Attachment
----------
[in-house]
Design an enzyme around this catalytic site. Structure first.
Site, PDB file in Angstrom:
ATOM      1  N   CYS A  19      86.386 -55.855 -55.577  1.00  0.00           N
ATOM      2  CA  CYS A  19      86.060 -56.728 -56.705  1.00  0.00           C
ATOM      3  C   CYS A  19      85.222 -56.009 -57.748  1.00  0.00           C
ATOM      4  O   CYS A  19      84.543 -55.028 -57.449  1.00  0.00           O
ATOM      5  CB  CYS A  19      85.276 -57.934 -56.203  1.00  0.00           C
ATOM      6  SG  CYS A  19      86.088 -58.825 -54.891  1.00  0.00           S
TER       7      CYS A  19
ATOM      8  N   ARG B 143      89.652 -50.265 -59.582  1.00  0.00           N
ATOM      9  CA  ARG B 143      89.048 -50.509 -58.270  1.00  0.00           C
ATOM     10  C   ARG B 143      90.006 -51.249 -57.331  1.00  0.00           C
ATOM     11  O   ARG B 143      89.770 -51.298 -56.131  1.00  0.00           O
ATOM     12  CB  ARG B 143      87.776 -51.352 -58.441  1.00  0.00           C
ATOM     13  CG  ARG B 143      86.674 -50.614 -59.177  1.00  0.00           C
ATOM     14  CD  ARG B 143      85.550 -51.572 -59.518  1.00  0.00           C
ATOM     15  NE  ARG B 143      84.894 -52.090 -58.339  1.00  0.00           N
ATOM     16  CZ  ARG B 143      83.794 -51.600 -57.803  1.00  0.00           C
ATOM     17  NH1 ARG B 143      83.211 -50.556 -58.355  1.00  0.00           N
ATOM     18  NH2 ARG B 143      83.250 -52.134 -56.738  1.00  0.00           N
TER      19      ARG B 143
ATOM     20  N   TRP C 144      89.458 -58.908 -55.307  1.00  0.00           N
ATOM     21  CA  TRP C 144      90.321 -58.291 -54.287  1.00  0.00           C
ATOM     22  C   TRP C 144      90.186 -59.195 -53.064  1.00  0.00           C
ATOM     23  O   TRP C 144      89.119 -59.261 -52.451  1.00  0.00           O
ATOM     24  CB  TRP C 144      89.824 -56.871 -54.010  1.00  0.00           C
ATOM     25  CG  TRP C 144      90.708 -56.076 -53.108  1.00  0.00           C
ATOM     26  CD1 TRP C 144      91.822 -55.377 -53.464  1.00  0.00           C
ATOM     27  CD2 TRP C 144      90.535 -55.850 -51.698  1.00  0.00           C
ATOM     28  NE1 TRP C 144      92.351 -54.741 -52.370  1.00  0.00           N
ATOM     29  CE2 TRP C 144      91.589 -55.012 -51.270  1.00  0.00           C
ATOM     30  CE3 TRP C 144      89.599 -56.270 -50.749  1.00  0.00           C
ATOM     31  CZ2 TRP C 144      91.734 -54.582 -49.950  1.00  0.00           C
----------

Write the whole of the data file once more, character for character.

[in-house]
Design an enzyme around this catalytic site. Structure first.
Site, PDB file in Angstrom:
ATOM      1  N   CYS A  19      86.386 -55.855 -55.577  1.00  0.00           N
ATOM      2  CA  CYS A  19      86.060 -56.728 -56.705  1.00  0.00           C
ATOM      3  C   CYS A  19      85.222 -56.009 -57.748  1.00  0.00           C
ATOM      4  O   CYS A  19      84.543 -55.028 -57.449  1.00  0.00           O
ATOM      5  CB  CYS A  19      85.276 -57.934 -56.203  1.00  0.00           C
ATOM      6  SG  CYS A  19      86.088 -58.825 -54.891  1.00  0.00           S
TER       7      CYS A  19
ATOM      8  N   ARG B 143      89.652 -50.265 -59.582  1.00  0.00           N
ATOM      9  CA  ARG B 143      89.048 -50.509 -58.270  1.00  0.00           C
ATOM     10  C   ARG B 143      90.006 -51.249 -57.331  1.00  0.00           C
ATOM     11  O   ARG B 143      89.770 -51.298 -56.131  1.00  0.00           O
ATOM     12  CB  ARG B 143      87.776 -51.352 -58.441  1.00  0.00           C
ATOM     13  CG  ARG B 143      86.674 -50.614 -59.177  1.00  0.00           C
ATOM     14  CD  ARG B 143      85.550 -51.572 -59.518  1.00  0.00           C
ATOM     15  NE  ARG B 143      84.894 -52.090 -58.339  1.00  0.00           N
ATOM     16  CZ  ARG B 143      83.794 -51.600 -57.803  1.00  0.00           C
ATOM     17  NH1 ARG B 143      83.211 -50.556 -58.355  1.00  0.00           N
ATOM     18  NH2 ARG B 143      83.250 -52.134 -56.738  1.00  0.00           N
TER      19      ARG B 143
ATOM     20  N   TRP C 144      89.458 -58.908 -55.307  1.00  0.00           N
ATOM     21  CA  TRP C 144      90.321 -58.291 -54.287  1.00  0.00           C
ATOM     22  C   TRP C 144      90.186 -59.195 -53.064  1.00  0.00           C
ATOM     23  O   TRP C 144      89.119 -59.261 -52.451  1.00  0.00           O
ATOM     24  CB  TRP C 144      89.824 -56.871 -54.010  1.00  0.00           C
ATOM     25  CG  TRP C 144      90.708 -56.076 -53.108  1.00  0.00           C
ATOM     26  CD1 TRP C 144      91.822 -55.377 -53.464  1.00  0.00           C
ATOM     27  CD2 TRP C 144      90.535 -55.850 -51.698  1.00  0.00           C
ATOM     28  NE1 TRP C 144      92.351 -54.741 -52.370  1.00  0.00           N
ATOM     29  CE2 TRP C 144      91.589 -55.012 -51.270  1.00  0.00           C
ATOM     30  CE3 TRP C 144      89.599 -56.270 -50.749  1.00  0.00           C
ATOM     31  CZ2 TRP C 144      91.734 -54.582 -49.950  1.00  0.00           C